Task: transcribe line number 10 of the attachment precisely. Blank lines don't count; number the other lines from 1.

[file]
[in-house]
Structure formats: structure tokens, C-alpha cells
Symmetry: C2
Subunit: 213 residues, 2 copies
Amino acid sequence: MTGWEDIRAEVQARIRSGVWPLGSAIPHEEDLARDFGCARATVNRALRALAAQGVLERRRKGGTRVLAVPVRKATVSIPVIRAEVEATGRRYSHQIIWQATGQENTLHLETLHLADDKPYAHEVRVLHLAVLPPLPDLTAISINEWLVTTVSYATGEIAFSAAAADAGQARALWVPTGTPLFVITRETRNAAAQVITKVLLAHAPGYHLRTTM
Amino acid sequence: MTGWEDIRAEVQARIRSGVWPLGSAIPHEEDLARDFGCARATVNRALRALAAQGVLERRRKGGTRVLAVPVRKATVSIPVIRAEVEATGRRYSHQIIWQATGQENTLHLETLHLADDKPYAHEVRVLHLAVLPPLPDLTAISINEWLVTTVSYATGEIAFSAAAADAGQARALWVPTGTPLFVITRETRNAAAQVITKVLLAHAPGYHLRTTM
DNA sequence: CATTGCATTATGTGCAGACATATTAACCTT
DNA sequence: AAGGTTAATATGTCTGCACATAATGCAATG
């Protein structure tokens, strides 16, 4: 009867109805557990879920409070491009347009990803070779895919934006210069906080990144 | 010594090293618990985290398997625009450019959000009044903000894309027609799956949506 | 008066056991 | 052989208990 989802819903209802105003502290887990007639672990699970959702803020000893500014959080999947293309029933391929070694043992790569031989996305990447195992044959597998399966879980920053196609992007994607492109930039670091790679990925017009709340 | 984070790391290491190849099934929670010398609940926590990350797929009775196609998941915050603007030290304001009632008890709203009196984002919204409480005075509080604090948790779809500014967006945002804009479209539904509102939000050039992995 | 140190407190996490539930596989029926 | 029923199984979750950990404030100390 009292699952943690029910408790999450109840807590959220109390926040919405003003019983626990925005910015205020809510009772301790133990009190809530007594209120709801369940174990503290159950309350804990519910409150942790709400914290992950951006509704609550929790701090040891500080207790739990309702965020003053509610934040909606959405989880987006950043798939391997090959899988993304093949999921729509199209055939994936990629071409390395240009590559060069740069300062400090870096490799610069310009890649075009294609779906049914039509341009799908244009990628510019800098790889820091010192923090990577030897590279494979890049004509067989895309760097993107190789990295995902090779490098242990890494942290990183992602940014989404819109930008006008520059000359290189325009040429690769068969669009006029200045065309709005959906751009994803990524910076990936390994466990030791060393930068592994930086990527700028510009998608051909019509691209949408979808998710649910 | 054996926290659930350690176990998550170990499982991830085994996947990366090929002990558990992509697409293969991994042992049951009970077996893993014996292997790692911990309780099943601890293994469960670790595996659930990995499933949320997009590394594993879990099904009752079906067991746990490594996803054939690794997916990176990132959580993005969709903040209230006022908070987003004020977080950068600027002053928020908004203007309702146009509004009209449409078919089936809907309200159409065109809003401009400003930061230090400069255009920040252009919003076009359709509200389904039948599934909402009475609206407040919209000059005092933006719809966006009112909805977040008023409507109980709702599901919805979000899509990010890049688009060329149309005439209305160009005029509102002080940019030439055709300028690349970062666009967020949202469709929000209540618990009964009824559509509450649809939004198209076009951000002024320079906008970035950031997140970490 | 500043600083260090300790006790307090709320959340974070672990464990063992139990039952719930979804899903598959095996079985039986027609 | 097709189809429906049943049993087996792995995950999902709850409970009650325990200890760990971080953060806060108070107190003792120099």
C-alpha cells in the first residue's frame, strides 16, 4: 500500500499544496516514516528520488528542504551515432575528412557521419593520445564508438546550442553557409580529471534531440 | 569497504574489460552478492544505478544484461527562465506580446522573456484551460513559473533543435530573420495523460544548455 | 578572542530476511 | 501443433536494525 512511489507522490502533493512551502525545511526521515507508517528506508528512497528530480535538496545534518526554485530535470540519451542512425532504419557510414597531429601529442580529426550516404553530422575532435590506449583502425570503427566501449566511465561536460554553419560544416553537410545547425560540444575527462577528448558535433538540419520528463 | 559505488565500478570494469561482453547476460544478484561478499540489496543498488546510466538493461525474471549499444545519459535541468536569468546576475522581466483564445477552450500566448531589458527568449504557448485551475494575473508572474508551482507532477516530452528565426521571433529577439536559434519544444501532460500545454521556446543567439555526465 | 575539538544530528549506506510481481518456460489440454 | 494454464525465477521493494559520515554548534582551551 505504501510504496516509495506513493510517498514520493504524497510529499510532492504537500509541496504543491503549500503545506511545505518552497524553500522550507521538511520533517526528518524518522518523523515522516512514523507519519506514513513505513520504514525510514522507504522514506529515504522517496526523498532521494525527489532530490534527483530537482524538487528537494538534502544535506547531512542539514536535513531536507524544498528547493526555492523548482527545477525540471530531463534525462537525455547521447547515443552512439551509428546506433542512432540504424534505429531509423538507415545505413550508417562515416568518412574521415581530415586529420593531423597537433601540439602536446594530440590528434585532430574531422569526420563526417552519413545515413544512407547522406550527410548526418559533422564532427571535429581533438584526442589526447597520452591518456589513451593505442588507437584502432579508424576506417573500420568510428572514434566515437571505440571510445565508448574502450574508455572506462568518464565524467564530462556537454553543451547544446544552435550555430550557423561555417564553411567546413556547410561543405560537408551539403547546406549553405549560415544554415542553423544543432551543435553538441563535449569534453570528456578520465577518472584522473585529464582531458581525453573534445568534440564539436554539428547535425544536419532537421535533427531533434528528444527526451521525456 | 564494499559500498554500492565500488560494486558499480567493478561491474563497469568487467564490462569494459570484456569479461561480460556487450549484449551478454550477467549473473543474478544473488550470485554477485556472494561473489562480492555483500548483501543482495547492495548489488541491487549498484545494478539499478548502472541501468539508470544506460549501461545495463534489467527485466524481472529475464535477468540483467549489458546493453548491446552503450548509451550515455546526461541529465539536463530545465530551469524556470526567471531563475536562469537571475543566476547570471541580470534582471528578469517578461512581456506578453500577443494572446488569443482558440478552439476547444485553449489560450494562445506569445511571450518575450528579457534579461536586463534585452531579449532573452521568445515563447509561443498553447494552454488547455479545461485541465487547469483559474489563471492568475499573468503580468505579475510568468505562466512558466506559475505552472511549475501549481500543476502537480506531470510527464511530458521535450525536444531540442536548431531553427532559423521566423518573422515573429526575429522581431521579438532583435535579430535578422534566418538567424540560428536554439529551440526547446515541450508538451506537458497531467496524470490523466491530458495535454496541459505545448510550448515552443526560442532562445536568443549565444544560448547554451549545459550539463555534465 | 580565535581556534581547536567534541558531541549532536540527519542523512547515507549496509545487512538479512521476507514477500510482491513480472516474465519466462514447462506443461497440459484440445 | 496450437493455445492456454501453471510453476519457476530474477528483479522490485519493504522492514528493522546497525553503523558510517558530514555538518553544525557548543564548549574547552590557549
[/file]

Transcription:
C-alpha cells in the first residue's frame, strides 16, 4: 500500500499544496516514516528520488528542504551515432575528412557521419593520445564508438546550442553557409580529471534531440 | 569497504574489460552478492544505478544484461527562465506580446522573456484551460513559473533543435530573420495523460544548455 | 578572542530476511 | 501443433536494525 512511489507522490502533493512551502525545511526521515507508517528506508528512497528530480535538496545534518526554485530535470540519451542512425532504419557510414597531429601529442580529426550516404553530422575532435590506449583502425570503427566501449566511465561536460554553419560544416553537410545547425560540444575527462577528448558535433538540419520528463 | 559505488565500478570494469561482453547476460544478484561478499540489496543498488546510466538493461525474471549499444545519459535541468536569468546576475522581466483564445477552450500566448531589458527568449504557448485551475494575473508572474508551482507532477516530452528565426521571433529577439536559434519544444501532460500545454521556446543567439555526465 | 575539538544530528549506506510481481518456460489440454 | 494454464525465477521493494559520515554548534582551551 505504501510504496516509495506513493510517498514520493504524497510529499510532492504537500509541496504543491503549500503545506511545505518552497524553500522550507521538511520533517526528518524518522518523523515522516512514523507519519506514513513505513520504514525510514522507504522514506529515504522517496526523498532521494525527489532530490534527483530537482524538487528537494538534502544535506547531512542539514536535513531536507524544498528547493526555492523548482527545477525540471530531463534525462537525455547521447547515443552512439551509428546506433542512432540504424534505429531509423538507415545505413550508417562515416568518412574521415581530415586529420593531423597537433601540439602536446594530440590528434585532430574531422569526420563526417552519413545515413544512407547522406550527410548526418559533422564532427571535429581533438584526442589526447597520452591518456589513451593505442588507437584502432579508424576506417573500420568510428572514434566515437571505440571510445565508448574502450574508455572506462568518464565524467564530462556537454553543451547544446544552435550555430550557423561555417564553411567546413556547410561543405560537408551539403547546406549553405549560415544554415542553423544543432551543435553538441563535449569534453570528456578520465577518472584522473585529464582531458581525453573534445568534440564539436554539428547535425544536419532537421535533427531533434528528444527526451521525456 | 564494499559500498554500492565500488560494486558499480567493478561491474563497469568487467564490462569494459570484456569479461561480460556487450549484449551478454550477467549473473543474478544473488550470485554477485556472494561473489562480492555483500548483501543482495547492495548489488541491487549498484545494478539499478548502472541501468539508470544506460549501461545495463534489467527485466524481472529475464535477468540483467549489458546493453548491446552503450548509451550515455546526461541529465539536463530545465530551469524556470526567471531563475536562469537571475543566476547570471541580470534582471528578469517578461512581456506578453500577443494572446488569443482558440478552439476547444485553449489560450494562445506569445511571450518575450528579457534579461536586463534585452531579449532573452521568445515563447509561443498553447494552454488547455479545461485541465487547469483559474489563471492568475499573468503580468505579475510568468505562466512558466506559475505552472511549475501549481500543476502537480506531470510527464511530458521535450525536444531540442536548431531553427532559423521566423518573422515573429526575429522581431521579438532583435535579430535578422534566418538567424540560428536554439529551440526547446515541450508538451506537458497531467496524470490523466491530458495535454496541459505545448510550448515552443526560442532562445536568443549565444544560448547554451549545459550539463555534465 | 580565535581556534581547536567534541558531541549532536540527519542523512547515507549496509545487512538479512521476507514477500510482491513480472516474465519466462514447462506443461497440459484440445 | 496450437493455445492456454501453471510453476519457476530474477528483479522490485519493504522492514528493522546497525553503523558510517558530514555538518553544525557548543564548549574547552590557549